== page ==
Gif of BIMI in the inbox with Email on Acid logo

How to Create a BIMI Logo: Your Step-by-Step Guide

Here’s a situation that could happen to email marketers like you in the near future.

You get a message from someone in the company who notices that one of your top competitors has a logo next to messages in the inbox. They demand to know, “Why doesn’t our brand’s logo show up in emails like that?” 

What they’re likely seeing is the result of BIMI (Brand Indicators for Message Identification). A BIMI logo may appear when you’re implementing certain email authentication protocols that validate your domain as the sender. Those protocols prevent a type of phishing known as email spoofing, and a BIMI logo is visual proof of authentication.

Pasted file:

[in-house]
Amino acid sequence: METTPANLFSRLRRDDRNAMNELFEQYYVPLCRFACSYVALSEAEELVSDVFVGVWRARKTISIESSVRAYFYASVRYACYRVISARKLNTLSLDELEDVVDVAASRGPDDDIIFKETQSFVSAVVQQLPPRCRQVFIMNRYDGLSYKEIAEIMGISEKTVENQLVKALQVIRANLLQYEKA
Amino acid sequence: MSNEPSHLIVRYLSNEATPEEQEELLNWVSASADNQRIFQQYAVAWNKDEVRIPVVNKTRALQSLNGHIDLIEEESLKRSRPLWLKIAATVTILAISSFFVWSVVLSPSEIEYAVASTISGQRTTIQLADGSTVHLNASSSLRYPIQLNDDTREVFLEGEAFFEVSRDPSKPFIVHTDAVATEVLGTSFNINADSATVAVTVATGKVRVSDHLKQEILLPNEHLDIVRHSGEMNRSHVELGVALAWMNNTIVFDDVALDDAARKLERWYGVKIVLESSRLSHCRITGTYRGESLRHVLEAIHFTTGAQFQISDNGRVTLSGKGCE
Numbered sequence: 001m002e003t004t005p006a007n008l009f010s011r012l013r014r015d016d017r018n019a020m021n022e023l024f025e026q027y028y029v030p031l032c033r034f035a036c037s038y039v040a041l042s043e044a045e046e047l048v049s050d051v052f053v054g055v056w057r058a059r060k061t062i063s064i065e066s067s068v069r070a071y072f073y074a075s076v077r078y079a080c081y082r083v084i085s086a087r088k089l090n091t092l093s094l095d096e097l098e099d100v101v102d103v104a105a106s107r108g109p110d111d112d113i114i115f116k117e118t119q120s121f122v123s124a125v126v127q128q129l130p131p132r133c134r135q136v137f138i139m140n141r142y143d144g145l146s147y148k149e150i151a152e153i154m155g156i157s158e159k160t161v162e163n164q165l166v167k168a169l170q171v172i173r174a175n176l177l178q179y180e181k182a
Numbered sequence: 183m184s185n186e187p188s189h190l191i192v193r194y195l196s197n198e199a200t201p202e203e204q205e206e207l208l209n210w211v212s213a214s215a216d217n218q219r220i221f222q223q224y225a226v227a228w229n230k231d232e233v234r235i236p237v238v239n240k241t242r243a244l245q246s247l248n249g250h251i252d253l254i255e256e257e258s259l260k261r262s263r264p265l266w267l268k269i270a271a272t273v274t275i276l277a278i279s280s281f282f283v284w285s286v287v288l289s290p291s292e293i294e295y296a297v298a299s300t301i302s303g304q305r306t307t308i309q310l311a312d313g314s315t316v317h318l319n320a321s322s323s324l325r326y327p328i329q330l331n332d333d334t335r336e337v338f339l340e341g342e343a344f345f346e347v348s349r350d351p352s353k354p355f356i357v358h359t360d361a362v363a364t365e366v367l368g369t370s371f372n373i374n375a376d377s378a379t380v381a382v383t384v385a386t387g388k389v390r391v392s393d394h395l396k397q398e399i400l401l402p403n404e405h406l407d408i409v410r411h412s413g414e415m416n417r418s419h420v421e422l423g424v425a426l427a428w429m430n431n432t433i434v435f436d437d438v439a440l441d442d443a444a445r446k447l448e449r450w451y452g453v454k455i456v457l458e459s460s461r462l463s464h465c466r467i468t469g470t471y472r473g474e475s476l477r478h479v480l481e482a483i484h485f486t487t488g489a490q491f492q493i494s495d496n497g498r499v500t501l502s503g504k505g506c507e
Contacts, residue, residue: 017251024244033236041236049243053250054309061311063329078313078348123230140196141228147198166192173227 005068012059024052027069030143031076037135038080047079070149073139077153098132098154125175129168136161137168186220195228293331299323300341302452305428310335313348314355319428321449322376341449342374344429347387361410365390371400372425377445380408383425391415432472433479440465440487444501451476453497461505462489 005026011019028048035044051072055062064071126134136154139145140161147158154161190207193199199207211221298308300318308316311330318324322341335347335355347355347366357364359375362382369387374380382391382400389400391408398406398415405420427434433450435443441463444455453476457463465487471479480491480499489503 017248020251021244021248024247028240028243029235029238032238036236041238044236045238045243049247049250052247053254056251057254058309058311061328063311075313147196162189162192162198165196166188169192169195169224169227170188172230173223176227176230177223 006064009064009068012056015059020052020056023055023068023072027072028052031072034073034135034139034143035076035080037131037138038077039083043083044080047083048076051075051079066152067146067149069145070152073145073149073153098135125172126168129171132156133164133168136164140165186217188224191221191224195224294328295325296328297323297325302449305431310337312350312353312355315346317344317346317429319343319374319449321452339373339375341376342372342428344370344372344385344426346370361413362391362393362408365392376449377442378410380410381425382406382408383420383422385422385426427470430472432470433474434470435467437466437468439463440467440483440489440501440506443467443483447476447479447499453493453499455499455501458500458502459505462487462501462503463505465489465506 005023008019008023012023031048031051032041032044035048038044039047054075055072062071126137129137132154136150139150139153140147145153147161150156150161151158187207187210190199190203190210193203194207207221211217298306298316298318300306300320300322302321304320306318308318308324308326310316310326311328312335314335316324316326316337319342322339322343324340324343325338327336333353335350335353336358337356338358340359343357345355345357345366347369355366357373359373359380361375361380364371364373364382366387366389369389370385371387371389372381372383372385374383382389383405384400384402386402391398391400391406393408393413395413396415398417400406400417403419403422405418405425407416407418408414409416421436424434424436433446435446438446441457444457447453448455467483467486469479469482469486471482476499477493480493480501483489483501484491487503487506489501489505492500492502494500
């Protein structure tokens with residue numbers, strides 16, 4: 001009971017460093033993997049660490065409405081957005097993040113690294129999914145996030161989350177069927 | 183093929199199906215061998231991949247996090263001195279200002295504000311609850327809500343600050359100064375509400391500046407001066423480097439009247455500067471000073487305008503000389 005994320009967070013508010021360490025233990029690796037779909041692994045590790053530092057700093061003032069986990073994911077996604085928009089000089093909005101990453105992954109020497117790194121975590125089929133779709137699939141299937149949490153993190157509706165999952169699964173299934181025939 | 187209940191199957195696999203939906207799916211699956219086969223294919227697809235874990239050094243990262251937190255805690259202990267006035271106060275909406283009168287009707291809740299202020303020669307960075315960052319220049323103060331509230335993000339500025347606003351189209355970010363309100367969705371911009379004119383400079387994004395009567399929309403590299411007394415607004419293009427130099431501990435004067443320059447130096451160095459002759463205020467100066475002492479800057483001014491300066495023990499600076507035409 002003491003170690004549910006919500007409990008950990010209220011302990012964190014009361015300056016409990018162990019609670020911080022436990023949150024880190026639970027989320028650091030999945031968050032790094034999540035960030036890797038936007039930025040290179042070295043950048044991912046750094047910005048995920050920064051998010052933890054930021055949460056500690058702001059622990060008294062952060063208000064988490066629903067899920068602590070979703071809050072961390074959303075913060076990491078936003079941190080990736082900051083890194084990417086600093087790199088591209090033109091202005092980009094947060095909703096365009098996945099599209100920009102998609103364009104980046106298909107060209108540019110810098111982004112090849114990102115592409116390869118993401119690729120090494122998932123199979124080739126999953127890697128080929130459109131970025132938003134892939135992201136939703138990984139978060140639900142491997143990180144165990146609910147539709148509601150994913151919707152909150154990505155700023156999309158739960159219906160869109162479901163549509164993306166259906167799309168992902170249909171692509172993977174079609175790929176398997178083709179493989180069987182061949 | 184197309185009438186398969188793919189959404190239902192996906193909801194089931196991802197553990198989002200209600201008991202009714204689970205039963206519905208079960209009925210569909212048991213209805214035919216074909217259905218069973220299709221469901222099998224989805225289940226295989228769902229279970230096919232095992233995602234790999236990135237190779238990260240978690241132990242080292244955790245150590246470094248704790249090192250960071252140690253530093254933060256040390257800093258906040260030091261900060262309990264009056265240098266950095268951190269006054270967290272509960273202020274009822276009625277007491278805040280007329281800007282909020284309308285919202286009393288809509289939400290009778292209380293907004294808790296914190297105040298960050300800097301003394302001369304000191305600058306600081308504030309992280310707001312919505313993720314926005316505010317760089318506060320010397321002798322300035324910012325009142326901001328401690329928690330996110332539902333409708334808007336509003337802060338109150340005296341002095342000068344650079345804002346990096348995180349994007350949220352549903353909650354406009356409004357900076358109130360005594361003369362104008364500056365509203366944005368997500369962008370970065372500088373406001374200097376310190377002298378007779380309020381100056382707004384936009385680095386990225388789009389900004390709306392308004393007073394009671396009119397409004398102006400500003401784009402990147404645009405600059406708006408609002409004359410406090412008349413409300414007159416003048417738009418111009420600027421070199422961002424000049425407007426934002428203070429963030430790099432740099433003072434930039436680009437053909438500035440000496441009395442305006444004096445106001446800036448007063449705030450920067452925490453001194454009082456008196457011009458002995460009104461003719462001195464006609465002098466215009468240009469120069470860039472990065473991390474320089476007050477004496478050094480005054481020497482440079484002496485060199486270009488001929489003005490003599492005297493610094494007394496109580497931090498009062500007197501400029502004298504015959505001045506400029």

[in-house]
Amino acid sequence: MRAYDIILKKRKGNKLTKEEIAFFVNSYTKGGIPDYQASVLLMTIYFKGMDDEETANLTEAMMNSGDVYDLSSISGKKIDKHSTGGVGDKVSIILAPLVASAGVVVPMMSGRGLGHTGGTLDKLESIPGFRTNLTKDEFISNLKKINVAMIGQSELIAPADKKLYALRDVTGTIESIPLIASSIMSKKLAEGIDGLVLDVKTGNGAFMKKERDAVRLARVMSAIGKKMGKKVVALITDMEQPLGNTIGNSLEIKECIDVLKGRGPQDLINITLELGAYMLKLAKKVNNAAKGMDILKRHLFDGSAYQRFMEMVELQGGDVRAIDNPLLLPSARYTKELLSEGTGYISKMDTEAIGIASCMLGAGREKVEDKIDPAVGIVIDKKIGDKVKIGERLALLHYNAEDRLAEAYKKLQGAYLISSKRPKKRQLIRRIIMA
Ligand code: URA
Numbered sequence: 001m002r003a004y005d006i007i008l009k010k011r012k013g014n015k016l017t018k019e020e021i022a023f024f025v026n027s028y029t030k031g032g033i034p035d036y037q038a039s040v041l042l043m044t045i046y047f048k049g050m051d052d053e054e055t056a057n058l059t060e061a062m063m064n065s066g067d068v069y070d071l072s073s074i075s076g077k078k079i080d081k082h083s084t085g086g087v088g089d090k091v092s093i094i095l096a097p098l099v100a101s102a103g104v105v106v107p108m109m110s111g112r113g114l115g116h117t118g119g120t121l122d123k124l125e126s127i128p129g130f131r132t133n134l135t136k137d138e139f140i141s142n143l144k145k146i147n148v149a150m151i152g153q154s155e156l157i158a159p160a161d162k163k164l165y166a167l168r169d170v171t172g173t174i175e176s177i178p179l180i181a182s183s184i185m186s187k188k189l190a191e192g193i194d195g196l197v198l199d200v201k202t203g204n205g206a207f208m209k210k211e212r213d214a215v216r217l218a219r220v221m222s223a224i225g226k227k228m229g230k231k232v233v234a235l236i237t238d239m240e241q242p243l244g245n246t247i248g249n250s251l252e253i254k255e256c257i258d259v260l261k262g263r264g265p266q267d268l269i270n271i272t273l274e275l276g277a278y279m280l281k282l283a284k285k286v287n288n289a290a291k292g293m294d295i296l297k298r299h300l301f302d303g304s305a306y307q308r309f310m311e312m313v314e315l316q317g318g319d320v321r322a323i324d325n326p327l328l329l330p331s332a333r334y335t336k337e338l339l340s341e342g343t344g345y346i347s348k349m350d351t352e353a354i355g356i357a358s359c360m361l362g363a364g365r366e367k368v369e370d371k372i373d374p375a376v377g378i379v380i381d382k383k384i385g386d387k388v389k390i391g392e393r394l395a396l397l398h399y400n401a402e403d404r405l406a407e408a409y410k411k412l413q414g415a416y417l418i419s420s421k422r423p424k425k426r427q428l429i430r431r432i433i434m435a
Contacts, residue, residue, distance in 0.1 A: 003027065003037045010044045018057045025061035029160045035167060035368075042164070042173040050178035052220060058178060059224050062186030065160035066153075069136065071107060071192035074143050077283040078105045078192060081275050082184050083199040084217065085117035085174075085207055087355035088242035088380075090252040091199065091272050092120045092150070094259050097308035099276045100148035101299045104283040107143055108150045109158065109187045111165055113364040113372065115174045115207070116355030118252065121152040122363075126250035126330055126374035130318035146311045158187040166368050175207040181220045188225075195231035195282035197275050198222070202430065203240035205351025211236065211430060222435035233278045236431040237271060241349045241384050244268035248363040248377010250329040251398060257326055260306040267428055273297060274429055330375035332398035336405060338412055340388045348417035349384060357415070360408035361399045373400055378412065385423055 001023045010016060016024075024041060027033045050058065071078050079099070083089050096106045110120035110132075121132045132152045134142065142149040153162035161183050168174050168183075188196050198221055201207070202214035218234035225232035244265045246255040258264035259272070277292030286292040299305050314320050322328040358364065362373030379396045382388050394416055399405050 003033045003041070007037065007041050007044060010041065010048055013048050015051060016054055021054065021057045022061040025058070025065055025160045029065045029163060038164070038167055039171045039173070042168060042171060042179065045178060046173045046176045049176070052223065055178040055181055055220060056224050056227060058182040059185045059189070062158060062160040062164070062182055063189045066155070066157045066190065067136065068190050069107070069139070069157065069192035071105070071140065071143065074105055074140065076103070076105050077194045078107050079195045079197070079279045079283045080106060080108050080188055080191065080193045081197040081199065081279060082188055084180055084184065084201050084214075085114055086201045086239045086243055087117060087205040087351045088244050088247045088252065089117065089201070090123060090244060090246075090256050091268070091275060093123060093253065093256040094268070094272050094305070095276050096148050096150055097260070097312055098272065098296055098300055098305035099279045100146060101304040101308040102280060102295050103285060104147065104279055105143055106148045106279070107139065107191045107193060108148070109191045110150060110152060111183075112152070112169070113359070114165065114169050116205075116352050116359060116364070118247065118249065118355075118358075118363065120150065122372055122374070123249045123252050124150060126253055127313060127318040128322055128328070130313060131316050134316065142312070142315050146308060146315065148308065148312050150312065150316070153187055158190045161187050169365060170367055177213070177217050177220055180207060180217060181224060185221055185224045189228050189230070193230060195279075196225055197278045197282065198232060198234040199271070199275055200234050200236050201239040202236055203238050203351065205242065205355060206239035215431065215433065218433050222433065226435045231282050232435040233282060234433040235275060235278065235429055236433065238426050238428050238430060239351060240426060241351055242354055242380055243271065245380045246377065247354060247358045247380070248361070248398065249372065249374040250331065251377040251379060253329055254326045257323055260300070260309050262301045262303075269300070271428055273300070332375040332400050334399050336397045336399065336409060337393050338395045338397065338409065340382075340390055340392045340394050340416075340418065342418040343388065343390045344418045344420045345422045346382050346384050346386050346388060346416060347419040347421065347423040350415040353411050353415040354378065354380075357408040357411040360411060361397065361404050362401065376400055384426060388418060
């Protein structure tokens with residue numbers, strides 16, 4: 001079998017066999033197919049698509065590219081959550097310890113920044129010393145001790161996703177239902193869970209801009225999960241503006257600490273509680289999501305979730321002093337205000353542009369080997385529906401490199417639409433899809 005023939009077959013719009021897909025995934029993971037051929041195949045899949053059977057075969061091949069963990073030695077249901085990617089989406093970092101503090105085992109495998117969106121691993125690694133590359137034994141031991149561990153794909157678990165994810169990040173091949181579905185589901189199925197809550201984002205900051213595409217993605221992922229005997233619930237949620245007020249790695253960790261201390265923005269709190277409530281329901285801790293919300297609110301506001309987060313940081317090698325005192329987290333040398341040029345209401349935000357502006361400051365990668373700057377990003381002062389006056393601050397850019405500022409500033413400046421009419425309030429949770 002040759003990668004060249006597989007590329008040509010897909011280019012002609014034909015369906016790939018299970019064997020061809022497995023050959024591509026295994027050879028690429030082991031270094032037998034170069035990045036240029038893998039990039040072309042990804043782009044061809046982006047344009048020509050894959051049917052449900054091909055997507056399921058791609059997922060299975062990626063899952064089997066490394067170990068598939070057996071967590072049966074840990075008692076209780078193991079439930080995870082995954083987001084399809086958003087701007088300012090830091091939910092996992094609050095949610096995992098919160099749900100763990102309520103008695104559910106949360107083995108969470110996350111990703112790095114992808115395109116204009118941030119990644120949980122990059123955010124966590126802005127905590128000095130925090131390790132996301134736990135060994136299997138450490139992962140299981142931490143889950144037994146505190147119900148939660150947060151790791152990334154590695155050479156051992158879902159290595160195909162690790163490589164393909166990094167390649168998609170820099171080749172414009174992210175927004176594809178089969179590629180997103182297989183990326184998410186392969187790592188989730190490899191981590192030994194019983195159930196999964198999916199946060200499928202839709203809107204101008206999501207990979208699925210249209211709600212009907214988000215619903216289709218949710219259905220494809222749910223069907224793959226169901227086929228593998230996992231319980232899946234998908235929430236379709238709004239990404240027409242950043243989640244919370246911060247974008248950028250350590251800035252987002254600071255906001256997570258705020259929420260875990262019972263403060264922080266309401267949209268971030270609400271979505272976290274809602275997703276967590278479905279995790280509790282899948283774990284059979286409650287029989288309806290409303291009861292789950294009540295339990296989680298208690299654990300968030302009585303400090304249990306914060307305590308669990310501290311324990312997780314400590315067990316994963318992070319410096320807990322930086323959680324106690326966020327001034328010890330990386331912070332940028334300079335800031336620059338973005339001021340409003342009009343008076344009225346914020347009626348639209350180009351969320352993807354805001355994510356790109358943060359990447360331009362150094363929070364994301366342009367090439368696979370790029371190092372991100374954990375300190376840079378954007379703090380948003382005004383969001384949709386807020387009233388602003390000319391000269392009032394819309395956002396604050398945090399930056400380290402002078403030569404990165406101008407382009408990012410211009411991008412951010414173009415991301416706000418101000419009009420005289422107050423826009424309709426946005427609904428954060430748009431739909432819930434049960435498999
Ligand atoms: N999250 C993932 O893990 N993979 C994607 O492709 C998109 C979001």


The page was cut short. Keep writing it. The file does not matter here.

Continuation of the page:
Unfortunately, getting an official logo to display next to your brand’s emails isn’t as easy as uploading a jpeg somewhere. There are some specific steps you’ll need to follow and hoops to jump through before your BIMI logo is ready. But there are good reasons for that.

Why do we need BIMI logos?

BIMI is an emerging email specification that helps solve two main problems:

  1. Standardizing the way mailbox providers find and use logos.
  2. Encouraging senders to adopt stronger DMARC policies for email authentication.

The logo problem

The truth is, brand logos in email marketing have been around for a while. However, email clients like Gmail, Outlook, and Yahoo Mail all had their own ways of finding logos to use. That led to mistakes such as an ugly-looking logo, the wrong logo, or even explicit content showing up as an icon in the inbox.